“Our house is on fire” - Greta Thunberg
That young student´s action created a wave of strikes that have by now spread to 7.800 cities in 218 countries with 14 million strikers. These are truly rebels for a cause that is important to all of humanity. Today, on 25 September 2020, Fridays for Future is organising another Global Day of Climate Action. The students have by now been frequently joined and supported by adults, including teachers for future and scientists for future.
Another protest movement created around the same time as Fridays for Future is focusing on extinction and the global environmental damage wreaked by humans: Extinction Rebellion. Their concerns are the same, but they argue that it is necessary to go “beyond politics”. Established in the United Kingdom in May 2018, with about one hundred academics signing a call to action, Extinction Rebellion is a non-partisan, but not unpolitical, international movement that uses non-violent direct action to try to entice governments towards ecologically sensible politics. While the issues are global, the UK movement organisers demand that governments acknowledge the current climate and biodiversity crisis, act now to halt species extinction and climate change, and that the government make policies based on a Citizens’ Assembly on climate and ecological justice, rather than based on interest lobbies and party politics. Their concept of a Citizen´s Assembly may seem far out there, but is in their words the “fairest and most powerful way to cut through party politics”. It is also not completely unprecedented, as they cite examples of successful assemblies from a range of countries, including Ireland, Canada, Australia, Belgium and Poland.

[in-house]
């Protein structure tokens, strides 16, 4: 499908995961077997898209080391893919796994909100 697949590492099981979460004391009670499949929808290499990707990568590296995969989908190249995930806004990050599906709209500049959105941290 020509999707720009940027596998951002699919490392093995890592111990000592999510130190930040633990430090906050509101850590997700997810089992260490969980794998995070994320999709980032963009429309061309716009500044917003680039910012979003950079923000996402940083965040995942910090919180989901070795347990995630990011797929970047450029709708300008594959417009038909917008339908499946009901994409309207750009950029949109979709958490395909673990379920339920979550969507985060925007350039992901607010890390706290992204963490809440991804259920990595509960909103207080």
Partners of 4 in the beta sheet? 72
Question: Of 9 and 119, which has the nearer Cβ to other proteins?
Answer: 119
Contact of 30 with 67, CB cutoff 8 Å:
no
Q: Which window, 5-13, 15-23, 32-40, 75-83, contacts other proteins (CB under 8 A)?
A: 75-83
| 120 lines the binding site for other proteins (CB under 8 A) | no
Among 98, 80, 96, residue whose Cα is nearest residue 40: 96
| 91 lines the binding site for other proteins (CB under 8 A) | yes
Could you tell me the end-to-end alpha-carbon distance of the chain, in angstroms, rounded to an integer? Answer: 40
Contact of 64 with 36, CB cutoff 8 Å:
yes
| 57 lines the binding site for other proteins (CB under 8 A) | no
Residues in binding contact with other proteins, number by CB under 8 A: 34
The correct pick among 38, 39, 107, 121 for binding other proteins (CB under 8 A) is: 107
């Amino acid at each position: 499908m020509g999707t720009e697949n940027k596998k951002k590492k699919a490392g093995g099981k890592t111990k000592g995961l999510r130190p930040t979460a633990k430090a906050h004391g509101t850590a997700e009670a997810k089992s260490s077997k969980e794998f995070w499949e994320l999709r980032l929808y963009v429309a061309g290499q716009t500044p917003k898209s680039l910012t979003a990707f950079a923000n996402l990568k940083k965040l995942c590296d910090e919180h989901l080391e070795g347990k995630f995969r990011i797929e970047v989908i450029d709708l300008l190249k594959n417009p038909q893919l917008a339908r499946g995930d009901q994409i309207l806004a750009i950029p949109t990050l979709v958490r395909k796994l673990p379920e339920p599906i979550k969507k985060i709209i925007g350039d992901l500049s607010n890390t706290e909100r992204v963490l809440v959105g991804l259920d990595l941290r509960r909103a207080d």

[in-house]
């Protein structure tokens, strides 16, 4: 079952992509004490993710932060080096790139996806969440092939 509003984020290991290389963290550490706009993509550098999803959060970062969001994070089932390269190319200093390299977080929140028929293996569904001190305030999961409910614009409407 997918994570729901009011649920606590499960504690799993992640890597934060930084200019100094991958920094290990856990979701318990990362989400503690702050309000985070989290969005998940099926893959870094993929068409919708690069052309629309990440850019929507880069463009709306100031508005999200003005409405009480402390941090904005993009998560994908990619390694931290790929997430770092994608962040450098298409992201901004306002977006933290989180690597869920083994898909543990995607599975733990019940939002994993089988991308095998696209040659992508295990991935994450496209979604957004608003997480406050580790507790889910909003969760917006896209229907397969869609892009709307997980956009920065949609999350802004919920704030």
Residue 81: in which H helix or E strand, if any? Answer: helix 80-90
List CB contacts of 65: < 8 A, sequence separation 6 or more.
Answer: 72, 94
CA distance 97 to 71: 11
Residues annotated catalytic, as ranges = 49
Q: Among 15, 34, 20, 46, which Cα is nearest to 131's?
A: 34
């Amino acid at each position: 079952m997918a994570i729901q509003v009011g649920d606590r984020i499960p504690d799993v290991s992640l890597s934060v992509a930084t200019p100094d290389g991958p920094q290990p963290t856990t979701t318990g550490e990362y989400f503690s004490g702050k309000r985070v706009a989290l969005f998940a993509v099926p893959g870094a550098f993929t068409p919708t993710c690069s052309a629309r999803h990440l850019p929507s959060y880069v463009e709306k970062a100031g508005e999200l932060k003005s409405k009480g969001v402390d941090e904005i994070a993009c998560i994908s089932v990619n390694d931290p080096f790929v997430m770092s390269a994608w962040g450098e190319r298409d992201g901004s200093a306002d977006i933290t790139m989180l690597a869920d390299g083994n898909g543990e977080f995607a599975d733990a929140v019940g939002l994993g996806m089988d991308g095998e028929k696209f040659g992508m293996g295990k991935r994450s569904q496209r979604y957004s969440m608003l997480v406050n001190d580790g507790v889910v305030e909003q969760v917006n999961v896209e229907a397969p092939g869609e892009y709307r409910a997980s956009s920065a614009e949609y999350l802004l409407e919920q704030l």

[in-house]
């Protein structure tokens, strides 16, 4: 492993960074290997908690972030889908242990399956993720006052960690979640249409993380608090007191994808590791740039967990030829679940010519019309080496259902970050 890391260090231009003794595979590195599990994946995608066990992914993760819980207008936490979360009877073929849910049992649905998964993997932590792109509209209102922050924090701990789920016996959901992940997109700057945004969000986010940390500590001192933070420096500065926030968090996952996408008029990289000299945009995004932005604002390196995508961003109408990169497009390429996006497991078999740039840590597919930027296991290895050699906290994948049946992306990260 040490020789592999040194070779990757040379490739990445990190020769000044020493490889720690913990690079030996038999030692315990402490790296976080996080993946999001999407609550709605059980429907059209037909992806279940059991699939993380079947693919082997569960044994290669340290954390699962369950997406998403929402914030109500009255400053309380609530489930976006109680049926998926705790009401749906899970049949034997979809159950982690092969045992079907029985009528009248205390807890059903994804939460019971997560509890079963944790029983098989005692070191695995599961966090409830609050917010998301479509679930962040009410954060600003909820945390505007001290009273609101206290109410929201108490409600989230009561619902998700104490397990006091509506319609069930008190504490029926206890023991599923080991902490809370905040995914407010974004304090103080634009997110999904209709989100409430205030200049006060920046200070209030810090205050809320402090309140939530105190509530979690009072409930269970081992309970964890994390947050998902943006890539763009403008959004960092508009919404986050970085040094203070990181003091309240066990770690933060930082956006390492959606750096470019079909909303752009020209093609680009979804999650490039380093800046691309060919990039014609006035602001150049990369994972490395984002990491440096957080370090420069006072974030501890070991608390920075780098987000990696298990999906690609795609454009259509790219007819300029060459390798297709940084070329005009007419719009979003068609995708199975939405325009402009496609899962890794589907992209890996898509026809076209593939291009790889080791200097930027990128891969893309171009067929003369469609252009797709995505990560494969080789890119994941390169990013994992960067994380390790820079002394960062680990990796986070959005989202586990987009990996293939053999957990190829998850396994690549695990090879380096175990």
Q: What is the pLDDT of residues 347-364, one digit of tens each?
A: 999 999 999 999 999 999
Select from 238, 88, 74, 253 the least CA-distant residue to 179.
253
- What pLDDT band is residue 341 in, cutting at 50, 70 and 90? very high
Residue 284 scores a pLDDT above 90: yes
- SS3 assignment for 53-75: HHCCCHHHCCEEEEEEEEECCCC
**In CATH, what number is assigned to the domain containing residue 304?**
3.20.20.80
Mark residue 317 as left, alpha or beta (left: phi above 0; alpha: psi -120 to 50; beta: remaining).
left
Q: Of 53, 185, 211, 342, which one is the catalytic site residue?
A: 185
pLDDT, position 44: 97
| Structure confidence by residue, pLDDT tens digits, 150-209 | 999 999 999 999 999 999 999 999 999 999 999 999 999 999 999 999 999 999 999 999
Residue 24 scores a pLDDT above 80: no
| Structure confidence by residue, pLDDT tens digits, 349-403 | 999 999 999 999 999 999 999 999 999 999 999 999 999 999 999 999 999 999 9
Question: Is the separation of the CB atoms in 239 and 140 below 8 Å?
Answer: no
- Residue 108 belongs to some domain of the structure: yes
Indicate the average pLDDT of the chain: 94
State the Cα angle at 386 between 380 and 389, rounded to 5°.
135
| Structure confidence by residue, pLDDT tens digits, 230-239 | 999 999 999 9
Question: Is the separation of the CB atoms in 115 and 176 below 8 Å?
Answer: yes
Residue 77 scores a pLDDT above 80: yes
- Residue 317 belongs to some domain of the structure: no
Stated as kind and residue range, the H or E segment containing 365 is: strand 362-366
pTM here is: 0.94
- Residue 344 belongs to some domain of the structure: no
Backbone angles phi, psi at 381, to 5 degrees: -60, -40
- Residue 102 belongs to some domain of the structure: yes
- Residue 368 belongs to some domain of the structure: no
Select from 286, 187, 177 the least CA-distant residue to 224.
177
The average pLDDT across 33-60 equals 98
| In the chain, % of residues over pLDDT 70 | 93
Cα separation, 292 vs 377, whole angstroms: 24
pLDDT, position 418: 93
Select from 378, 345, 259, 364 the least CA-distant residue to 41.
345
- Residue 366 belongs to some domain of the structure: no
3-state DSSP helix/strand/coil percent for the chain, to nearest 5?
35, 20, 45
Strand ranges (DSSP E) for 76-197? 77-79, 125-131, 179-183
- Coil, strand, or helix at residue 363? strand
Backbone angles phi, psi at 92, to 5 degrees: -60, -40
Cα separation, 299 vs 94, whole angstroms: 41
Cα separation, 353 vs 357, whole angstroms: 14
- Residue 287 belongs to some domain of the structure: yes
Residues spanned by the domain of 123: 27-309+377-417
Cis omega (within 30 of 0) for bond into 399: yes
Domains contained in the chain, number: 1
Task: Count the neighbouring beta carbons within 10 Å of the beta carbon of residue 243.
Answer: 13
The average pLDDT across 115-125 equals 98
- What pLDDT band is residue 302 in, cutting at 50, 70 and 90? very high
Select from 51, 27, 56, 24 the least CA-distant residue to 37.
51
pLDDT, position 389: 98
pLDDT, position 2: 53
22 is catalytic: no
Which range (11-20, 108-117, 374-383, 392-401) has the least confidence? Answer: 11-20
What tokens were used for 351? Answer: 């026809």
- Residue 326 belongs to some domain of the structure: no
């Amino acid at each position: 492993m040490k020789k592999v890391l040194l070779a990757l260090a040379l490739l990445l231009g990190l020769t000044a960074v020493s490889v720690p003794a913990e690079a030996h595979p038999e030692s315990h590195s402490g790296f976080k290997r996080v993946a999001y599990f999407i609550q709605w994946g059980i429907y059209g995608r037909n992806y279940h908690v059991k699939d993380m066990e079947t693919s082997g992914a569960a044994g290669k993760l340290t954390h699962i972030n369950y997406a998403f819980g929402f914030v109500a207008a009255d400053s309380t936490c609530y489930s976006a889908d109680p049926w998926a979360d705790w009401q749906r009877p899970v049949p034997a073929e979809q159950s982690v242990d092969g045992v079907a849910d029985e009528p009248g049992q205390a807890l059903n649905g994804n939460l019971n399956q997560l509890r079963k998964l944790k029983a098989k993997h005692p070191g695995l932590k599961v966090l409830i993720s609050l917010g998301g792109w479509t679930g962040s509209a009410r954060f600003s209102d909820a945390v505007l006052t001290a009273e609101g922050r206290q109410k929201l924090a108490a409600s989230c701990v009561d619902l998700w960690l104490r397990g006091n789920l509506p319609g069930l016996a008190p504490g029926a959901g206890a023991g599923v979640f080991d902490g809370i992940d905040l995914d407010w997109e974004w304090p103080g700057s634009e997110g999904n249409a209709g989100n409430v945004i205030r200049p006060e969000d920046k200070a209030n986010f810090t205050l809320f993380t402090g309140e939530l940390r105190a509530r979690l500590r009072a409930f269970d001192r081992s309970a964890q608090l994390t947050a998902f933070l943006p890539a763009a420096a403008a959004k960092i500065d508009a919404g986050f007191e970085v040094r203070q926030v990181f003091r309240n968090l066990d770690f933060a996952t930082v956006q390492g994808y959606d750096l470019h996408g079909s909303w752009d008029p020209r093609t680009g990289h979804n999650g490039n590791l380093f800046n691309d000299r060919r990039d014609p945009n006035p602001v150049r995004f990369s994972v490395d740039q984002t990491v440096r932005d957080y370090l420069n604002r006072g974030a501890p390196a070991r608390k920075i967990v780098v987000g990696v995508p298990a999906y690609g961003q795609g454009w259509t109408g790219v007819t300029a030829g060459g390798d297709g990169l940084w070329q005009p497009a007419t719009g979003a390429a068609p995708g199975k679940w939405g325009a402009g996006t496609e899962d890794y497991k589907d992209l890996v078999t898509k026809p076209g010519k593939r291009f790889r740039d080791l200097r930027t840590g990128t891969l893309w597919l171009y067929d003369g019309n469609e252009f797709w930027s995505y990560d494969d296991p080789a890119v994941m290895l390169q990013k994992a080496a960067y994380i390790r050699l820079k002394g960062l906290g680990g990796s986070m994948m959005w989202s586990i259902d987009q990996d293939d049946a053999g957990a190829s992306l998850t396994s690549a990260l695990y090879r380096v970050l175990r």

In London, and globally, members of the movement also organise colourful protest marches to raise awareness on this global cause. Extinction Rebellion members will even go to the extent of allowing themselves to be arrested.
The colourful protests are of course eye-catching, but they are hopefully much more than that. These new protest movements are reminiscent of the civic protests of the 1960s in the United States, which did bring about a lot of change. Because the outcome of the current peaceful rebellions is of great concern to all of humanity, we have to do our very best to strengthen and increase such protests, so as not to let politicians off the hook anymore when it comes to action to protect our home, our planet earth.
All photographs © @colourbricks
The opinions expressed in this article are those of the author.